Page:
The court said the current test requirements were contrary to the intent of the Legislature’s Proficiency Standards and Assessments Act, which specifically stated one test would be administered in 11th grade.
In order to provide a clear path to graduation for the students affected by the court’s decision while the state developed a new plan for standard testing, the court approved an agreement to allow students in the classes of 2019 through 2022 to graduate using the state’s 2019 graduation rules, which included the broadest options for standardized tests.
The State Board of Education on Wednesday took up for consideration a proposal that adheres to the court rulings and sets out a similar path to graduation for the students currently in seventh, eighth and ninth grade who would graduate from 2023 to 2025.
“This compromise keeps two years of testing in high school while still meeting the mandate in state law for an 11th-grade graduation assessment,” Repollet said.
Stan Karp, director of secondary reform project for Education Law Center, one of the plaintiffs in the graduation requirement lawsuit against the state, said it was important that the rules include a variety of options for students to meet graduation requirements. Karp said he was glad the latest proposal includes those options.
Karp said the board must take up a vote on the amended proposal before the first week of November or the 2018 proposal will expire.
The proposal includes testing in English and math in ninth grade to meet federal standards, and in grade 11 for the state graduation assessment requirement.
New Jersey Education Association spokeswoman Dawn Hiltner called the proposal “a step in the right direction.”
“New Jersey currently requires more testing than any other state in the nation. Reducing the number of tests at the high school level allows for a greater emphasis on curriculum and instruction, which is what truly has an impact on student growth,” Hiltner said.
She said those opposed to reducing the number of statewide assessments may believe it will result in less data, but that is not the case.
“While state assessments are important, they are a small piece of the overall student evaluation puzzle,” she said.
BERGENFIELD — Public schools in New Jersey will have to test their water for lead twice as often as they do now and share the results on a yet-to-be-created state database under guidelines announced Monday by officials.
The announcement continues a series of measures catalyzed by the recent water crisis in Newark, where residents in 14,000 homes with lead pipes have been given bottled water since mid-August after limited tests showed some filters weren’t adequately reducing lead levels.
Lead in drinking water has been linked to developmental delays in children and can damage the brain, red blood cells and kidneys. It is most often caused by lead service lines — pipes connecting a home to a water main — or lead fixtures in a home or school.
The state Legislature is holding hearings and the state Department of Environmental Protection is stepping up its inventory of lead pipes in water systems around the state, a process that started earlier in the year.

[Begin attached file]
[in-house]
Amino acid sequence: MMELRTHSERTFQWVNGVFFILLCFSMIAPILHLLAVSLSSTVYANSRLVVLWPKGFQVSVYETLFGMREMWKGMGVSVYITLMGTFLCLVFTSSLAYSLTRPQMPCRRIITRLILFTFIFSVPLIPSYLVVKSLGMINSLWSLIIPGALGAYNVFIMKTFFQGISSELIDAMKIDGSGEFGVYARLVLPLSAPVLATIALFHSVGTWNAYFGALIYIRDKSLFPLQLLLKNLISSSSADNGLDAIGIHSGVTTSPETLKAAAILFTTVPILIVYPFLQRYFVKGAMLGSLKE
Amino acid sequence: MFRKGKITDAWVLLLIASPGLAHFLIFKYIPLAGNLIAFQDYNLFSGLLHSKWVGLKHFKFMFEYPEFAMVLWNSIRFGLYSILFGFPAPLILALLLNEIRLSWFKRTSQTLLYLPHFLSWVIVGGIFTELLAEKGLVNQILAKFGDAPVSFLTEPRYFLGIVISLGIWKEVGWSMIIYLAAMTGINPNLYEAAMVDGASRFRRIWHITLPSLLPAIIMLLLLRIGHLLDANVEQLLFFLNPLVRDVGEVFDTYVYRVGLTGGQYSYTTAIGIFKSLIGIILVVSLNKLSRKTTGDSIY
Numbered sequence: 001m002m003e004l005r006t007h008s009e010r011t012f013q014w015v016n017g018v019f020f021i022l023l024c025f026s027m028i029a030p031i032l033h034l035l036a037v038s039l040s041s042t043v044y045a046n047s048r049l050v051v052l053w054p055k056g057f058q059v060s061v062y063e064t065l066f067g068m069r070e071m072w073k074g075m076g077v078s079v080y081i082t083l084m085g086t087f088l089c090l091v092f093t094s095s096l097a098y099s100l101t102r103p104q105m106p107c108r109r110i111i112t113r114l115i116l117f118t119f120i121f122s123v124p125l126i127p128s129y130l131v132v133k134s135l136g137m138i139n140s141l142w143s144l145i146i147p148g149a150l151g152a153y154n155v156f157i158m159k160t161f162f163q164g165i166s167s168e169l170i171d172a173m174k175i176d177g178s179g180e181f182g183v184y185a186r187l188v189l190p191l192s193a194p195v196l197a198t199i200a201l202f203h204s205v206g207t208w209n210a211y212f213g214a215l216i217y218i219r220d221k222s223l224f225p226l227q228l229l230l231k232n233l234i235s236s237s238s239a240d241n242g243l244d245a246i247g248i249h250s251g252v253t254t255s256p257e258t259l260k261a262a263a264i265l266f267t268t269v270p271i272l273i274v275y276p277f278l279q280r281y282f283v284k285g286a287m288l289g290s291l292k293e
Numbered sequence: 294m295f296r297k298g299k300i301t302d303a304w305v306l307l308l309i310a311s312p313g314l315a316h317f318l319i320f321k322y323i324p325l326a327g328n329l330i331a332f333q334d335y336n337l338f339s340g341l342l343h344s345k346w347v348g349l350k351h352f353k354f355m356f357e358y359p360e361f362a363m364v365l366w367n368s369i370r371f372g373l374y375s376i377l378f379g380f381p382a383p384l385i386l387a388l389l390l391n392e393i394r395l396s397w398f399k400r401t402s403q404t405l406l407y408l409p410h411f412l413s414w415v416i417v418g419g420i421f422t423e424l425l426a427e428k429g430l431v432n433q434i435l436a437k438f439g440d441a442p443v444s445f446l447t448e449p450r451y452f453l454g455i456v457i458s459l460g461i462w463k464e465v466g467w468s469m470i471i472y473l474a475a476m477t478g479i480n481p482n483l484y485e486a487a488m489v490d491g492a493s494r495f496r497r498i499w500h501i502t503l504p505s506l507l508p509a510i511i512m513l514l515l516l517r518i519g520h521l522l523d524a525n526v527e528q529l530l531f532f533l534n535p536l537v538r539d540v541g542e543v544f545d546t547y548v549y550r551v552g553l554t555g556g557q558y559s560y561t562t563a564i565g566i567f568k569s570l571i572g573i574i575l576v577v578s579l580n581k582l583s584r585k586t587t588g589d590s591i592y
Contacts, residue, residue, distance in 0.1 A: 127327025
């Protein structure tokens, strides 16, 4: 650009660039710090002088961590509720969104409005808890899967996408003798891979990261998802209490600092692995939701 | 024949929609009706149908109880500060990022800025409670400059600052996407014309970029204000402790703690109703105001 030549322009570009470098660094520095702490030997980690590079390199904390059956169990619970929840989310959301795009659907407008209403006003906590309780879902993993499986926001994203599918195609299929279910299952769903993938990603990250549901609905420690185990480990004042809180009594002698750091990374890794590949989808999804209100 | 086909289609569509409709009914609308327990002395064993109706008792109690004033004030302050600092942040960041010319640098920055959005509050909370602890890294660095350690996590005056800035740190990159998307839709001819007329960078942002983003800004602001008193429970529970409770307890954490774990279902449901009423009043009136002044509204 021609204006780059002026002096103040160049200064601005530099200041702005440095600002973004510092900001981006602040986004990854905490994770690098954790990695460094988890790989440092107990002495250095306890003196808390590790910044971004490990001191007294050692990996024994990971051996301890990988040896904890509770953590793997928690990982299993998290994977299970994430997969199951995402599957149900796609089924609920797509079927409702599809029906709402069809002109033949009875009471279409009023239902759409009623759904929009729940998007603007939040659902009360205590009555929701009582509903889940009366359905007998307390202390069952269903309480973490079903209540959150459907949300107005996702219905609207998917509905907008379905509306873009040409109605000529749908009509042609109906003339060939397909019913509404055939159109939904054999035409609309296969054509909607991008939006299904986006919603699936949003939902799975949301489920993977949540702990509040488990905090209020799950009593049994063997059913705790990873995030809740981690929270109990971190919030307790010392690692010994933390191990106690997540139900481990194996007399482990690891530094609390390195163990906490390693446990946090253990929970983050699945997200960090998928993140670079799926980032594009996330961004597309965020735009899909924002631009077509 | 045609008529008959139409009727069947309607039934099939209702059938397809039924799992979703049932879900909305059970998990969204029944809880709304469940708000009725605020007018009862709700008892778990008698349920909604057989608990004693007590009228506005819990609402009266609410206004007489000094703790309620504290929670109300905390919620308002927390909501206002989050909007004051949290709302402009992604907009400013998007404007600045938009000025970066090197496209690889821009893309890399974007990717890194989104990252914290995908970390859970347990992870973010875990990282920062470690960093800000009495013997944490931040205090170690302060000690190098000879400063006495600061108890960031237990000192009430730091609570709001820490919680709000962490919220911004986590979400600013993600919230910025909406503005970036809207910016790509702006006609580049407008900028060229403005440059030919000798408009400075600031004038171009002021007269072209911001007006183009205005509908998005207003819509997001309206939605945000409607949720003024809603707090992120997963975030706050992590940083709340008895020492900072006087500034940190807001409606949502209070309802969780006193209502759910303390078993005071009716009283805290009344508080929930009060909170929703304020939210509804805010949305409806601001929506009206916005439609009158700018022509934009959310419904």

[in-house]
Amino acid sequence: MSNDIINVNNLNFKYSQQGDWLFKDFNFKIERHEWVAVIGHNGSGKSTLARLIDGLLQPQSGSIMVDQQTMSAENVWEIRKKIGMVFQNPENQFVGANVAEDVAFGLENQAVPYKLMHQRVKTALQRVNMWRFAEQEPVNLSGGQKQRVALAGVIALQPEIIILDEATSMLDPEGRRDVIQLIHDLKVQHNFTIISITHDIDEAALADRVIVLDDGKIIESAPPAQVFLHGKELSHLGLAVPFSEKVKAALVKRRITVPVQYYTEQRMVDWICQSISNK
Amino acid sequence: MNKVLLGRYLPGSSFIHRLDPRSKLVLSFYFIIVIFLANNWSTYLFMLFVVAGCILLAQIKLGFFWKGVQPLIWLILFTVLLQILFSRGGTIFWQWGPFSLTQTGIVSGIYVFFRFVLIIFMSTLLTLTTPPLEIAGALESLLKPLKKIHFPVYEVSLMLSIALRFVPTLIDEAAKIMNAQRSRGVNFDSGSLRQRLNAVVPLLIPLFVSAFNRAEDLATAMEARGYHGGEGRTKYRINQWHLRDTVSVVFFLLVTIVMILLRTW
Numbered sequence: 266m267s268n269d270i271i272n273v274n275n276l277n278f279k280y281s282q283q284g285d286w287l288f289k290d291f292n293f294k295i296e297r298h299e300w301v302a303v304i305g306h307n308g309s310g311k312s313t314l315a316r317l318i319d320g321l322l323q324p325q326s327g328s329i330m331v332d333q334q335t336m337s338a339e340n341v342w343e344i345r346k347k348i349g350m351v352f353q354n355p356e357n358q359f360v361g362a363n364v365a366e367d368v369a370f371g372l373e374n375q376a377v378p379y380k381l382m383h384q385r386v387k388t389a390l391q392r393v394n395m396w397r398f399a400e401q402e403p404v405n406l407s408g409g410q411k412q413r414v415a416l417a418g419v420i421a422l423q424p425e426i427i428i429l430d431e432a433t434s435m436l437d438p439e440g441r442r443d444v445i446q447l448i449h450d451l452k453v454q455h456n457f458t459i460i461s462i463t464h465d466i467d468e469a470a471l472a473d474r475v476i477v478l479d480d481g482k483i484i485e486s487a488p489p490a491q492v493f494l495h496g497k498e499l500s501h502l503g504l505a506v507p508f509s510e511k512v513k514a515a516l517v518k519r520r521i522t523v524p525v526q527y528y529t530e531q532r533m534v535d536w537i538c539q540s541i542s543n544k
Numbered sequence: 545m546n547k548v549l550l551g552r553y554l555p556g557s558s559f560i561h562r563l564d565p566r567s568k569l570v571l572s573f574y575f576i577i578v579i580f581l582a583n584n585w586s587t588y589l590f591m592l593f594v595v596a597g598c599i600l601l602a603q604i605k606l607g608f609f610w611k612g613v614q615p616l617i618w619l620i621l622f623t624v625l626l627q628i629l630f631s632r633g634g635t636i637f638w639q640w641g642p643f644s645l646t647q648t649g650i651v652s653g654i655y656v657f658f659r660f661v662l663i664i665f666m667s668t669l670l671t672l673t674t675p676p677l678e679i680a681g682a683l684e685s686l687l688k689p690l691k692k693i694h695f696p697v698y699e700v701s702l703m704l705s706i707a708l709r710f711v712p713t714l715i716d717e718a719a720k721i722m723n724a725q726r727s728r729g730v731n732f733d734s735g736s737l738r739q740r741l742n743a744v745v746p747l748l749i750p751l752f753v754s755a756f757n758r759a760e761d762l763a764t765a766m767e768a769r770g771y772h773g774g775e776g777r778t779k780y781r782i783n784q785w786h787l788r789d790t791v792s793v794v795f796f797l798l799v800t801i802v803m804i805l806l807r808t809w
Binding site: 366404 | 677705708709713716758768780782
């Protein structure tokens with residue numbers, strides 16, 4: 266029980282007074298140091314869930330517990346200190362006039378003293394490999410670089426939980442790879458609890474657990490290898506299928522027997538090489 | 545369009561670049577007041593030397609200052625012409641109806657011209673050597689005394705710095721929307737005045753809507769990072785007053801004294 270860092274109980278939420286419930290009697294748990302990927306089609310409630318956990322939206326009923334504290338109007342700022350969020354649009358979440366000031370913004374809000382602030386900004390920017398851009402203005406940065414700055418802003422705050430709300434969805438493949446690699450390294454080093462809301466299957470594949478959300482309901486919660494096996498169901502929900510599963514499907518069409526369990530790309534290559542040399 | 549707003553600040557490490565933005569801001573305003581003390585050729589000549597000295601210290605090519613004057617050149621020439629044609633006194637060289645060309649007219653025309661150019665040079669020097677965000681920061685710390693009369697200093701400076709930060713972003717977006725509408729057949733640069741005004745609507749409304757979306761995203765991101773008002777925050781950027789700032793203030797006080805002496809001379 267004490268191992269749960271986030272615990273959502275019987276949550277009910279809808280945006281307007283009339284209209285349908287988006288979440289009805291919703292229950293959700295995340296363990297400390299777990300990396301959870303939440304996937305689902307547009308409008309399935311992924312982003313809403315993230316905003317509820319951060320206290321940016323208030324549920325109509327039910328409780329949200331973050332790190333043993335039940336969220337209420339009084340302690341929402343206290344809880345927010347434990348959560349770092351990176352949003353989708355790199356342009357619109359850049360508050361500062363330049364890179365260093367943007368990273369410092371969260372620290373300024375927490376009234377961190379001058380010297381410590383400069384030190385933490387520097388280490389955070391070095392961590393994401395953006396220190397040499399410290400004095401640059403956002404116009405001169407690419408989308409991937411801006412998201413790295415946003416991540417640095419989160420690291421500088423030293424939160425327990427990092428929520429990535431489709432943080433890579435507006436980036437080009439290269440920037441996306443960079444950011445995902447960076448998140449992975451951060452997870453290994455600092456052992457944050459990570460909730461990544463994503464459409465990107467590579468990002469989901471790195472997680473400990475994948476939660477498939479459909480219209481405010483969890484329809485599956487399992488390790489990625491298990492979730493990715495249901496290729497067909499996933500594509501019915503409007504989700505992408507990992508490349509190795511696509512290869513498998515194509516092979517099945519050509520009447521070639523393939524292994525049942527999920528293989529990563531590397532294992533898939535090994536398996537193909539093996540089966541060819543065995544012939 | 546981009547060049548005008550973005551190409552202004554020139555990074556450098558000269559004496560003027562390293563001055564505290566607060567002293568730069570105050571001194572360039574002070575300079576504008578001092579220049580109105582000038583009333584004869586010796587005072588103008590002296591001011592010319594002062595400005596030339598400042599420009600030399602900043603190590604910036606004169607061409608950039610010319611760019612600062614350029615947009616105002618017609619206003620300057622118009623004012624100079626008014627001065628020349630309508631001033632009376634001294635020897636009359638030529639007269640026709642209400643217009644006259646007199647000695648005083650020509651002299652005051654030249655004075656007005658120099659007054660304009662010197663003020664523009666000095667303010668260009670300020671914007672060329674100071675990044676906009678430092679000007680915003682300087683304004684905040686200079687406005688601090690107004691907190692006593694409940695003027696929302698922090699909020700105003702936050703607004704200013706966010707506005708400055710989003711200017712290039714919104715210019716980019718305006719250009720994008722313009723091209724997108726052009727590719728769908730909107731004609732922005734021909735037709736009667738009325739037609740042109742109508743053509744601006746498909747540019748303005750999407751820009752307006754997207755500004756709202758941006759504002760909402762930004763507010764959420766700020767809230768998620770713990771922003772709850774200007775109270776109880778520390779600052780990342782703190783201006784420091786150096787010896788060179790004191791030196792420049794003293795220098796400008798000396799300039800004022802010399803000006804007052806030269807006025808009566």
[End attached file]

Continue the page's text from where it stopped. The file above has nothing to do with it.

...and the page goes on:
Democratic Gov. Phil Murphy was joined Monday at the Herbert Hoover Elementary School by Democratic Rep. Josh Gottheimer, whose office recently surveyed more than 80 school districts that are located in his district across four counties in northern and western New Jersey.
Gottheimer found that about 20% of the school districts didn’t post information on lead testing on their websites, and in other cases, the information was difficult to find.
“Are the results posted so parents can find them in an easily accessible way? As a dad, I want to know,” Gottheimer said. “And I want to be able to look at that and quickly make a decision. And I think the steps we’re taking today will help to that end.”
Murphy added that schools that fail to comply with reporting requirements could face certain penalties.
“This problem has been building over decades, up and down our state and across the country,” Murphy said.
Under existing guidelines, schools are required to test for lead every six years. Murphy said Monday that will be reduced to three years.
Earlier this month, public records from the DEP’s lead pipe inventory obtained by The Associated Press showed the state has about 160,000 lead pipes, though that number was incomplete because it included some partial results from about three-quarters of the state’s nearly 600 water systems.
Officials have said they expect the number to rise.
The sustained focus comes as the state’s biggest city grapples with positive tests for lead in drinking water. Wider sampling of city-issued filters in Newark showed potentially 99% are effective, and the distribution of bottled water is being scaled back this week.
Last spring, the city switched the chemicals it was using to treat its water supply after tests showed the previous treatment was failing.
It is facing a federal lawsuit that claims it failed to adequately notify residents or act quickly enough when it became clear lead levels were rising. The city has denied the allegations.